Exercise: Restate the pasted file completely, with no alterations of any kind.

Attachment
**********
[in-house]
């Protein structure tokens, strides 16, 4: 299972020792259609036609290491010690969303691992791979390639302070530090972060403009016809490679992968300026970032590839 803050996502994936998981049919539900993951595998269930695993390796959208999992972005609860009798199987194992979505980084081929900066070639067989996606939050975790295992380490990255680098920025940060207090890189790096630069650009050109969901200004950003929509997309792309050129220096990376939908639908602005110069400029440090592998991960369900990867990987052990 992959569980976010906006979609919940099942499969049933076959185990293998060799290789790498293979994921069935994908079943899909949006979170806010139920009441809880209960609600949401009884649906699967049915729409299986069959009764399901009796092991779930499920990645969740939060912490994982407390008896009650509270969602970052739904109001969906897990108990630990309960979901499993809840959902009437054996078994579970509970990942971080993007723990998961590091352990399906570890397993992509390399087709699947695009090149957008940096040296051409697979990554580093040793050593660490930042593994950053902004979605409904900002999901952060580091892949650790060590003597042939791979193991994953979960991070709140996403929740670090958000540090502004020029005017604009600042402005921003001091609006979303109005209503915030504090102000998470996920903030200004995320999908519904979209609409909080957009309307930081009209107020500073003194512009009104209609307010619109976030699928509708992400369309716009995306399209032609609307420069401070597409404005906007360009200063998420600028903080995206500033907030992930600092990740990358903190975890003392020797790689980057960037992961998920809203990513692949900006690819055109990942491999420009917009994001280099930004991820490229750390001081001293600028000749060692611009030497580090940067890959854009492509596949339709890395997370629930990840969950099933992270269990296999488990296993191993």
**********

[in-house]
């Protein structure tokens, strides 16, 4: 299972020792259609036609290491010690969303691992791979390639302070530090972060403009016809490679992968300026970032590839 803050996502994936998981049919539900993951595998269930695993390796959208999992972005609860009798199987194992979505980084081929900066070639067989996606939050975790295992380490990255680098920025940060207090890189790096630069650009050109969901200004950003929509997309792309050129220096990376939908639908602005110069400029440090592998991960369900990867990987052990 992959569980976010906006979609919940099942499969049933076959185990293998060799290789790498293979994921069935994908079943899909949006979170806010139920009441809880209960609600949401009884649906699967049915729409299986069959009764399901009796092991779930499920990645969740939060912490994982407390008896009650509270969602970052739904109001969906897990108990630990309960979901499993809840959902009437054996078994579970509970990942971080993007723990998961590091352990399906570890397993992509390399087709699947695009090149957008940096040296051409697979990554580093040793050593660490930042593994950053902004979605409904900002999901952060580091892949650790060590003597042939791979193991994953979960991070709140996403929740670090958000540090502004020029005017604009600042402005921003001091609006979303109005209503915030504090102000998470996920903030200004995320999908519904979209609409909080957009309307930081009209107020500073003194512009009104209609307010619109976030699928509708992400369309716009995306399209032609609307420069401070597409404005906007360009200063998420600028903080995206500033907030992930600092990740990358903190975890003392020797790689980057960037992961998920809203990513692949900006690819055109990942491999420009917009994001280099930004991820490229750390001081001293600028000749060692611009030497580090940067890959854009492509596949339709890395997370629930990840969950099933992270269990296999488990296993191993």